In four short days, the Benjamin Franklin Parkway will be serving as venue for one of the biggest events to hit town since I’ve lived here.
Live 8 is more than a concert, it is a way for artists/musicians/people of note to use their power as celebrities to call attention to the number of children who die as a result of extreme poverty, every day. It is attempting to be a wake up call to the political leaders who will be convening in Scotland for the G8 Summit.
I feel like people in Philly aren’t perceiving that way, though. Many I talk to are expressing frustration at having their city shut down for the day. They are bemoaning the fact that the performers in London are better/more interesting than the ones in Philly. They are seeing it as just another large, outdoor concert happening in Center City over the 4th of July weekend. But it’s not just another concert. It is an opportunity to be a part of a global community that cares deeply for the health and wellbeing of all humanity.
People can care about global heath and well being without going to a concert with Bon Jovi and Maroon 5. Or Pink Floyd (still upset about that).
I personally plan on avoiding the museum area and watching televised recasts or something.
I personally have no interest in spending time out in the hot humid with other hot humid sweaty people, just to listen to maroon 5 play their version of music in the great outdoors.
i just hope the bars on 2nd and market are open.
I jog by the Art Museum several times a week from my apartment at 21st and South, and am going to enjoy watching the event preparation. I may photoblog some, but I can’t say whether I will be attending the actual concert. I’m concerned by the predictions cited on the Philadelphia Futures blog http://www.phillyfuture.org/node/1030> that the space of the Parkway isn’t going to accommodate the anticipated crowds.
As a humanitarian, I certainly support the causes that are inspiring and driving this event. My fervent hope is that many attendees and viewers will be inspired to research, and as a result perceive more clearly the continuing power of the West in today’s viscious economic arrangements.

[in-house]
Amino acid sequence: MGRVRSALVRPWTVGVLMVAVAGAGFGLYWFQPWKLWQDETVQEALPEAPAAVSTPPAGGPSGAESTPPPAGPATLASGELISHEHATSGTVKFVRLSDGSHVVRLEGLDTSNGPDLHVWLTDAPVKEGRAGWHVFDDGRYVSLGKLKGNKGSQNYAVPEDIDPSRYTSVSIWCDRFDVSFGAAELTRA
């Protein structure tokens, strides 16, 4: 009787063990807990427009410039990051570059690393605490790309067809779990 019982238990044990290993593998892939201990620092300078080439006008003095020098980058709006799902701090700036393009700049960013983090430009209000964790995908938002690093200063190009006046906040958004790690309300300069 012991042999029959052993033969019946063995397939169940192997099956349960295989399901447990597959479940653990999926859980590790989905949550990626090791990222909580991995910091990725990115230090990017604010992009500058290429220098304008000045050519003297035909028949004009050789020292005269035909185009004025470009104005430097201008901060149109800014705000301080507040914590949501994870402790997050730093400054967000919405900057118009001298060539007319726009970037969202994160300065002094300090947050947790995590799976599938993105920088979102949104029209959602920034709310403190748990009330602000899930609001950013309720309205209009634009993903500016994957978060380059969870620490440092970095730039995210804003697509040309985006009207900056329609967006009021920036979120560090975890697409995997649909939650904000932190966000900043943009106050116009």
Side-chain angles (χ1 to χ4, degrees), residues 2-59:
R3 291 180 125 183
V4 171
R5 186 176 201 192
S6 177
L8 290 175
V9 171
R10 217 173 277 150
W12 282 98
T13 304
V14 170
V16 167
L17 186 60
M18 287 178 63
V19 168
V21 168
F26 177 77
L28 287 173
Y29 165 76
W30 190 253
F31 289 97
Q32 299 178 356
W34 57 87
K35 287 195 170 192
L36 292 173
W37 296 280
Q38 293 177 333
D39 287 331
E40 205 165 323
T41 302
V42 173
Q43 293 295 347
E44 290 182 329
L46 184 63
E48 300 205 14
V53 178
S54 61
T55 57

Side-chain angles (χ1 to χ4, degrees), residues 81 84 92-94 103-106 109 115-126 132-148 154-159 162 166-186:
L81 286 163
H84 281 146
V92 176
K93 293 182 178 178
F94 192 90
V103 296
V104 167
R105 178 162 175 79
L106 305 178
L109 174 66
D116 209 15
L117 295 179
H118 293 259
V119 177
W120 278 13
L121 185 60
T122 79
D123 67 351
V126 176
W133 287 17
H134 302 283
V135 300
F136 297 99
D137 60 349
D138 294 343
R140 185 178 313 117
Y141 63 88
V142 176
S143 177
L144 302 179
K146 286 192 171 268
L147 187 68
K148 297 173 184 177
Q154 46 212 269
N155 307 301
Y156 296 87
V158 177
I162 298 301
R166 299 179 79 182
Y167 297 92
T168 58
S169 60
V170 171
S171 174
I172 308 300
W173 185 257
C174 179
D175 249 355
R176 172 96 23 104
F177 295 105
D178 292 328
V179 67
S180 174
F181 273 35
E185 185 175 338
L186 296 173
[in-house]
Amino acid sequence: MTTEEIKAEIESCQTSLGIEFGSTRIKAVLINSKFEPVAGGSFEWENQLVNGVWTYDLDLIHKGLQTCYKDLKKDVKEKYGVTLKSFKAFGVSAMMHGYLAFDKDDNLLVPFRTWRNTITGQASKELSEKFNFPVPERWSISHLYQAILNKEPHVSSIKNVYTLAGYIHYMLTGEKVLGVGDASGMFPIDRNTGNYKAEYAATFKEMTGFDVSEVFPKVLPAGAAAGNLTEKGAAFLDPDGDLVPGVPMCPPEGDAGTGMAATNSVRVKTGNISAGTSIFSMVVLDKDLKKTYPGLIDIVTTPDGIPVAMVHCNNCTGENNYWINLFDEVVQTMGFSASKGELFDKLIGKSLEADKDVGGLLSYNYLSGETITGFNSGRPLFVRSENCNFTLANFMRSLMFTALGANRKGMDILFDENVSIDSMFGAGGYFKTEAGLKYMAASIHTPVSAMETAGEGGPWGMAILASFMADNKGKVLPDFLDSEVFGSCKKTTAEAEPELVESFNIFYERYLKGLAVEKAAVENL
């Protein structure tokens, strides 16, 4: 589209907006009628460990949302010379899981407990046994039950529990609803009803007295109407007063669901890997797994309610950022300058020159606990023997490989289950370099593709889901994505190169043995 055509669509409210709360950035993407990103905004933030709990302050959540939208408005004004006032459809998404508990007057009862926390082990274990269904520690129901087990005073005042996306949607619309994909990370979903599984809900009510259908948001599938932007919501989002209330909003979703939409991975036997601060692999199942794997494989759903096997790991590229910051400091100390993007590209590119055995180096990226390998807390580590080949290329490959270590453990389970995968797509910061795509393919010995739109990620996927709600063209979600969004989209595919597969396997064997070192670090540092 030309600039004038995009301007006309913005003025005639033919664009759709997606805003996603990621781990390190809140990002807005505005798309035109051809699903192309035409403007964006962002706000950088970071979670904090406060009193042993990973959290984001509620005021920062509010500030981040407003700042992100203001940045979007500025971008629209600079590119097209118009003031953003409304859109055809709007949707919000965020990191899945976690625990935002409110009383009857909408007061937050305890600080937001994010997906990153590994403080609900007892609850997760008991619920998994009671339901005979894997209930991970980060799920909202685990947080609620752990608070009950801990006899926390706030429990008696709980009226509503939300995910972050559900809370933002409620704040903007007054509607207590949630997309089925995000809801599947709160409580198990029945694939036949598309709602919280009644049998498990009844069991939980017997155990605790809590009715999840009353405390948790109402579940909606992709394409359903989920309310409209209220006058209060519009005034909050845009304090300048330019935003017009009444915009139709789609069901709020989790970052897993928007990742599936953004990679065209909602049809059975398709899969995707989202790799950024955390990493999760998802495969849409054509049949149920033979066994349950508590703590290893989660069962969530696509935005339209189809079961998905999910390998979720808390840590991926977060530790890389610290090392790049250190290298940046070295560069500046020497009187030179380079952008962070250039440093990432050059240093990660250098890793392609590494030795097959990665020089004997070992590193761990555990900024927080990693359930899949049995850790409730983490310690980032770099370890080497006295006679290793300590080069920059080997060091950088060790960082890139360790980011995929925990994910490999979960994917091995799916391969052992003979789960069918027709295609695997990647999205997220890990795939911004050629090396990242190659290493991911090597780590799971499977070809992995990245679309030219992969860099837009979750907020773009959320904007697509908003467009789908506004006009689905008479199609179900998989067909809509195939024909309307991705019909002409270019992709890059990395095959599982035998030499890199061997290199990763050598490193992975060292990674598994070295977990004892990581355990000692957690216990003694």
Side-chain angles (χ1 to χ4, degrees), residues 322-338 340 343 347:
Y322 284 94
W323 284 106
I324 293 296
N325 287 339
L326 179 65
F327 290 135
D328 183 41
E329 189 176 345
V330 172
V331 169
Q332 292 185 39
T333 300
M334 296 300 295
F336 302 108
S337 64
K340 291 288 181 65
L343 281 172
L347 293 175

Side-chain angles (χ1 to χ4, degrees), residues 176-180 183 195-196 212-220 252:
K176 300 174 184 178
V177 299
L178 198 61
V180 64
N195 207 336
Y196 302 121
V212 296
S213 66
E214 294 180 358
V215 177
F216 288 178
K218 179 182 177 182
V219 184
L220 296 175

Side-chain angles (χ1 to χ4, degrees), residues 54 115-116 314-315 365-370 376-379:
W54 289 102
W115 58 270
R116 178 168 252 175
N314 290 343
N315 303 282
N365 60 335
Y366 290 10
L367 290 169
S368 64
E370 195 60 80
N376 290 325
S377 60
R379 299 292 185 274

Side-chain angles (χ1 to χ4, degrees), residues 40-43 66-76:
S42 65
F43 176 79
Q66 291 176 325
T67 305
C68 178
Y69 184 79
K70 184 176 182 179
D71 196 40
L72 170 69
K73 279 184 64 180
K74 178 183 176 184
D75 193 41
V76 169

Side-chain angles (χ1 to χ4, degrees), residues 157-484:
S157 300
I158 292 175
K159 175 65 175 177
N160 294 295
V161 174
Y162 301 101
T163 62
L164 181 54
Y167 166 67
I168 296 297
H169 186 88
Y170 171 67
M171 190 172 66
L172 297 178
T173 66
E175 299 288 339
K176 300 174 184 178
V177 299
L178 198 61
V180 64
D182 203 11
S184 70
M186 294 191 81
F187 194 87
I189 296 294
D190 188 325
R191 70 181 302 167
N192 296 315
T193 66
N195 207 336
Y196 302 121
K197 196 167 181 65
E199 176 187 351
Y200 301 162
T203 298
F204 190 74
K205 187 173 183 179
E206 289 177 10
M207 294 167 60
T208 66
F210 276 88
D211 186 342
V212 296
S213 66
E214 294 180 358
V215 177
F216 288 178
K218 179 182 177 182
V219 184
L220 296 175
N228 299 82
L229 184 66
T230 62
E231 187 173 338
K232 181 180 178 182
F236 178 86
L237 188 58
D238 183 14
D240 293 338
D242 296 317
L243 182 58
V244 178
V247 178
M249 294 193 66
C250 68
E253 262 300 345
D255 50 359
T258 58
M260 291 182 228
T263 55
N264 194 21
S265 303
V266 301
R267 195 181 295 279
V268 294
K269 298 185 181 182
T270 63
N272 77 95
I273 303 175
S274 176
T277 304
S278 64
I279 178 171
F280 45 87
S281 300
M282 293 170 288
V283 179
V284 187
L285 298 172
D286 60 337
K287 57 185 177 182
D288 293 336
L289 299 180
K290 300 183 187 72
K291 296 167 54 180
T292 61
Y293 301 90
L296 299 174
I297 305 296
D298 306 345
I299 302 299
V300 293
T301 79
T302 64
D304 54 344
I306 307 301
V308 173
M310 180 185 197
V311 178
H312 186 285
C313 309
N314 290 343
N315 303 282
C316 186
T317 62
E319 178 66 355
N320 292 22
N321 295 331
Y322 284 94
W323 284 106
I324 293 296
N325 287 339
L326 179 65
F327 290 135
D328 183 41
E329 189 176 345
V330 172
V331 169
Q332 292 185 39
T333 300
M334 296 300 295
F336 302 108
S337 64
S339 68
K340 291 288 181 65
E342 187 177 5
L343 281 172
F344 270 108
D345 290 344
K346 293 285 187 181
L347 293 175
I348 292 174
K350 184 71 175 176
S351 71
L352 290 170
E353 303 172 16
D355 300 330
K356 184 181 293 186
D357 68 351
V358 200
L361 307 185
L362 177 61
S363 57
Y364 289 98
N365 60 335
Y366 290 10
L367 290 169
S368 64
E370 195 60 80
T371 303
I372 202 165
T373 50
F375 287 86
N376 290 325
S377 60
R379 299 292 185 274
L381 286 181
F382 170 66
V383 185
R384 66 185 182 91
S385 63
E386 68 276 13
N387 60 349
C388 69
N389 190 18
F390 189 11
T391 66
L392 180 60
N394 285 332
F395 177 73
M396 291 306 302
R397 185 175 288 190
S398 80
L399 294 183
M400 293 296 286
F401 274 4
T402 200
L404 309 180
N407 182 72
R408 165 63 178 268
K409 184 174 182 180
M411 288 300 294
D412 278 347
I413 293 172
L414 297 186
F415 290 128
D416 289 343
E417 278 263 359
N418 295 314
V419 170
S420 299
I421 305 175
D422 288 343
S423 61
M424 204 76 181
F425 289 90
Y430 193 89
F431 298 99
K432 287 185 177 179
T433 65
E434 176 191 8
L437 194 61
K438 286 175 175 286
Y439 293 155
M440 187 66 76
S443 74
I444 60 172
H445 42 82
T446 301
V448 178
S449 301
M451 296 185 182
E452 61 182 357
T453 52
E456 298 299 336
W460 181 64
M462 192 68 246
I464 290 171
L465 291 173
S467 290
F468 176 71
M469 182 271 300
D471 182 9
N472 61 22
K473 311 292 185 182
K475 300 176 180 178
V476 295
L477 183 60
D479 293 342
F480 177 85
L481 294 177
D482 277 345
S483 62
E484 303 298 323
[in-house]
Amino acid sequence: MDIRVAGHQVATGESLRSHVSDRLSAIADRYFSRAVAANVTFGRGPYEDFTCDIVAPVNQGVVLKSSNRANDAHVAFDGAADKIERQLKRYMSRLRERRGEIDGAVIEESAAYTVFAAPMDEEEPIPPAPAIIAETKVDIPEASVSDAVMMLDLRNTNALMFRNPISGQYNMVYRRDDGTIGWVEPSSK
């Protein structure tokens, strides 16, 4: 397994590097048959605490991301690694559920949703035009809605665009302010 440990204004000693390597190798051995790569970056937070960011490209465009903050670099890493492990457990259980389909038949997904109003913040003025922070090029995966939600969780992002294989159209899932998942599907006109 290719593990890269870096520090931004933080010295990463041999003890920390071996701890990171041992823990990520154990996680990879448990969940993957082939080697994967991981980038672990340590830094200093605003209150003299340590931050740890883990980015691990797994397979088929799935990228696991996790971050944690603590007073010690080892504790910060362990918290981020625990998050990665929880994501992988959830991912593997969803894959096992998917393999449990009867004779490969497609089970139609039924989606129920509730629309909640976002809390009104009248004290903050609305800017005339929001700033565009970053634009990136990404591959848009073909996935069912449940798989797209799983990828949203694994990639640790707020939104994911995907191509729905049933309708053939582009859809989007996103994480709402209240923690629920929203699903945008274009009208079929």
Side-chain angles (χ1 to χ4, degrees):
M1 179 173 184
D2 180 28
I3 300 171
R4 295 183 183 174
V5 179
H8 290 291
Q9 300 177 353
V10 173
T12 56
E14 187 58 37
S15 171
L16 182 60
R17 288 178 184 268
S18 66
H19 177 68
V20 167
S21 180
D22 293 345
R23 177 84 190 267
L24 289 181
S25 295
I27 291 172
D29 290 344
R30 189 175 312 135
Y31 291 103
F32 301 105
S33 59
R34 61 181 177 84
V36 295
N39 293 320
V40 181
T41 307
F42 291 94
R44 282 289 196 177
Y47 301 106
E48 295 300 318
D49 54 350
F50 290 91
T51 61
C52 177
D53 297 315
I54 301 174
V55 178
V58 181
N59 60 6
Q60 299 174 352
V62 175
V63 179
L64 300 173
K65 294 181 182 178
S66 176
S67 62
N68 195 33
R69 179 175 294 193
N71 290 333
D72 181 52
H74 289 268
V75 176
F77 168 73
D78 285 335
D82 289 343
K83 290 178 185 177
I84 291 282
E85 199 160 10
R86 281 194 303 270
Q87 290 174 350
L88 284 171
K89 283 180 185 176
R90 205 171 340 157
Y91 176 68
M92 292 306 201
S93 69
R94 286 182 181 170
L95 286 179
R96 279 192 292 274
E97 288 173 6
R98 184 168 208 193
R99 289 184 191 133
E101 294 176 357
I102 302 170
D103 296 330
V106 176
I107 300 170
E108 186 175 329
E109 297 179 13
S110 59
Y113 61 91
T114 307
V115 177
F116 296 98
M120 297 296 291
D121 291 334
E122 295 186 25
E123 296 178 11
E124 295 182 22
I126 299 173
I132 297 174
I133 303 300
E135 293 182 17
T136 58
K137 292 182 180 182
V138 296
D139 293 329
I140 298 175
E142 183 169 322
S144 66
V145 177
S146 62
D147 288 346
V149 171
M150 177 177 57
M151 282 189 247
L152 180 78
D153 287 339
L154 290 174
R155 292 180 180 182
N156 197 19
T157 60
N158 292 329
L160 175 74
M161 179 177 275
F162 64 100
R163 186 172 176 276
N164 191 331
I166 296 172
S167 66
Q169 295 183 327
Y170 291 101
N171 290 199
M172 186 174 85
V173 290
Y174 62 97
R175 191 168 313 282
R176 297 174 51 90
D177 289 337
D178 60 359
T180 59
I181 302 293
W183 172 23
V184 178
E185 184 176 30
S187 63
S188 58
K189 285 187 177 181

viscous or vicious?
Oh, the whole “public health and wellbeing” arguement is bullshit.
99% of the people out there aren’t going to give money to the cause; they just want free music. Those who really care about investing money in charitiy are the type who are going to avoid this for one reason or another. Going will maybe express my solidarity with the “cause”, but that’s questionable.
Live8 has fallen into a familiar activist trap. The idea is simple: Make big, sweeping gestures with no real point or way to enact it.
It’s really pointless to get a million people to say “YES! I’m anti-hunger in Africa!” without having a means to achieve that end. If we could get a million people to donate $2 to a fund that would actually work to end poverty, then we’d actually have something going. But as it stands, it’s just a meaningless gesture of “solidarity” because it’s more a social thing than anything else.
Wow. My first comment, and I wrote you a novel. I’m suzanne from the Philly Metblog, btw. Hi.
Wow, didn’t think I was stirring up such controversy. I guess I tend to be an idealist, so the original intent of Live 8 appeals to me. However, I am the one who is all excited about taking a vodka watermelon down to the parkway for the concert, so who am I really to talk.
Thanks for all the comments, though.
stop complaining about phili’s line up…HAVE YOU SEEN TORONTO’S?! the best we got is celine dion…VIA SATELITE! HA!
hey, point taken about Toronto. You guys kind of got the shaft.
No, no, they don’t even have “SHAFT! Diggachickadiggachickadiggachickabowchickabownow”
Personally I like some of Celine’s work. But an entire concert of her? Don’t think so.